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Forget Iran or friendship's over: US lawmakers to India
Rajya Sabha plunged into turmoil during Question Hour on Friday on the issue of a letter written to Prime Minister Manmohan Singh by a group of US lawmakers questioning India's relations with Iran, as the entire opposition as well as the Communist Party-Marxist strongly condemned the US interference in India's foreign policy matters.
The strong-worded letter from Capitol Hill came from senior lawmakers like Tom Lantos, chairman of the House Foreign Affairs Committee, ranking Republican Ileana Ros-Lehtinen, Howard Berman, Gary Ackerman, who is the Chair of the House Middle East and South Asia subcommittee, and others.
Cutting across party lines, members, including United Progressive Allaince allies CPM, demanded the US be categorically and in "very strong terms" conveyed that India would not accept any outside interference in its foreign policy matters nor compromise with its sovereignty and national integrity.
The letter to the prime minister asking India to 'sever' military ties with Iran and "terminate" all cooperation in the energy sector.
As soon as the House assembled for Question Hour, members were on their feet demanding suspension of the Question Hour and a discussion on the subject. Chairman Bhairon Singh Shekhawat, however, said the matter could be discussed after Question Hour.
Members' persistence later paid off and the first 25 minutes were devoted to the subject.
Bharatiya Janata Party member Yashwant Sinha, who spoke first, said it was a matter of India's sovereignty and should be discussed in the House. He criticised the government for not taking the House into confidence on the issue when it was in session, especially on the recent visit of Foreign Secretary Shiv Shankar Menon to the US and his discussions with Bush administration officials.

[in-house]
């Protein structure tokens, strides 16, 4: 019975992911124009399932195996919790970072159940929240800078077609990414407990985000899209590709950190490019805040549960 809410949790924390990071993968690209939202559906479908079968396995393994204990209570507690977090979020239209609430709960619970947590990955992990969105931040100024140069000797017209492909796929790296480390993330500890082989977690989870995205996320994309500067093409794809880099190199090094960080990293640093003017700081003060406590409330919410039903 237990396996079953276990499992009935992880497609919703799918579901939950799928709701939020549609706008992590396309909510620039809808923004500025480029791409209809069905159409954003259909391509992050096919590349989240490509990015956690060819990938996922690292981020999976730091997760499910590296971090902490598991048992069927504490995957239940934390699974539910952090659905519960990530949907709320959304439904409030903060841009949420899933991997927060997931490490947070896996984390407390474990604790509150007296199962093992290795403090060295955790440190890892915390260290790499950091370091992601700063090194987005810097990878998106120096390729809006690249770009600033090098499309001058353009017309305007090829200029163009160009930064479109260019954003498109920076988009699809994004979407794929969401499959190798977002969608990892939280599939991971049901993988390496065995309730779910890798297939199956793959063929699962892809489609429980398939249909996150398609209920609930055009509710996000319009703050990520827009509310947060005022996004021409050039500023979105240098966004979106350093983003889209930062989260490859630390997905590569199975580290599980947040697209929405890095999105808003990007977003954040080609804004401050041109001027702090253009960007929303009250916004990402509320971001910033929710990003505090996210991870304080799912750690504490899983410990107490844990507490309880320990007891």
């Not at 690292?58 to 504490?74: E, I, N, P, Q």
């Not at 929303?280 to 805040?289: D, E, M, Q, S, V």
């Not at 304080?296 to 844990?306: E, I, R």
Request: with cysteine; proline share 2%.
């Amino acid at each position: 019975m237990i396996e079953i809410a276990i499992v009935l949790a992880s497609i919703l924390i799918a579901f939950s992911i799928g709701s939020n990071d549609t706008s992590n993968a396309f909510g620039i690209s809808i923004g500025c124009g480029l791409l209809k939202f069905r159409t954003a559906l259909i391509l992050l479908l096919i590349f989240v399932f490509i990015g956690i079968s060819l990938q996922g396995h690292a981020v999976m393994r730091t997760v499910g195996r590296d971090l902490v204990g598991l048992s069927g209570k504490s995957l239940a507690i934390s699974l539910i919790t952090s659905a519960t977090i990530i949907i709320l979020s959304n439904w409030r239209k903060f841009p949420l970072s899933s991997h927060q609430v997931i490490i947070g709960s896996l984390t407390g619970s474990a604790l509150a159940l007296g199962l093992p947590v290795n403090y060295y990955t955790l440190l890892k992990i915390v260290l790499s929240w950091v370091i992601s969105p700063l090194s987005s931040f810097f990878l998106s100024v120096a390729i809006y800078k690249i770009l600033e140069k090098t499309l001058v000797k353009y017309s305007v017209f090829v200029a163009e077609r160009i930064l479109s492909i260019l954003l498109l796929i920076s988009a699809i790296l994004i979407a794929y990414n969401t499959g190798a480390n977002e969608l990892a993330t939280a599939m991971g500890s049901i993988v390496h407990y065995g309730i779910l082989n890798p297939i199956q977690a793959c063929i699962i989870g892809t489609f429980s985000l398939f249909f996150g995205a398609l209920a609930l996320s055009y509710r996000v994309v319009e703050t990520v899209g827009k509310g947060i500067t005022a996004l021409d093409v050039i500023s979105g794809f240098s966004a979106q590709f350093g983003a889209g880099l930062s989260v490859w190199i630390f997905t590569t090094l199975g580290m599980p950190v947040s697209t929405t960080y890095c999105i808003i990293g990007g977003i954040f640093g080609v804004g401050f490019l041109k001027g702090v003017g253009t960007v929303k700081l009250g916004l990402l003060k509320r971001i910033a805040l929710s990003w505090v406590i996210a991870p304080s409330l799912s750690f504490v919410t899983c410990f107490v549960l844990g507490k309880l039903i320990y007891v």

"This is a dangerous developmnent. But the government has not thought it fit to take the House into confidence," he said while accusing the government of "buckling" under US pressure.
Brinda Karat (CP-M) demanded that US Ambassador to India David Mulford be called to the Foreign Office and conveyed in "very strong terms" that India would not allow any interence with its sovereignty.
She said the US should be told categorically that "this country is not for sale." Both Sinha and Karat demanded that the House be taken into confidence on the ongoing negotiations on the Indo-US nuclear deal.
Karat said the prime minister should give a statement in the House on the issue.
Digvijay Singh (Janata Dal-United) claimed that the foreign secretary was "insulted" in the US recently when he went there for negotiations on the deal.
The foreign secretary was in the US From April 30 - May 2 for discussions on further movement on the agreement.
Digvijay Singh said India would not "bow" to US dictates and would continue its friendship with Iran.
The House witnessed further turmoil when Parliamentary Affairs Minister, Priyaranjan Dasmunsi, while making a statement, accused the NDA of "bending on its knees" when they were in government.
This was strongly objected to by the BJP members who demanded that the minister withdraw his remark.
The minister said the government would make everything transparent on the issue and would not hide anything.
He refuted the opposition charge that the government had buckled under US pressure and compromised India's sovereignty.
He said he would urge the prime minister to give a statement in the House on the issue.
The Question Hour could be taken up only after 25 minutes.
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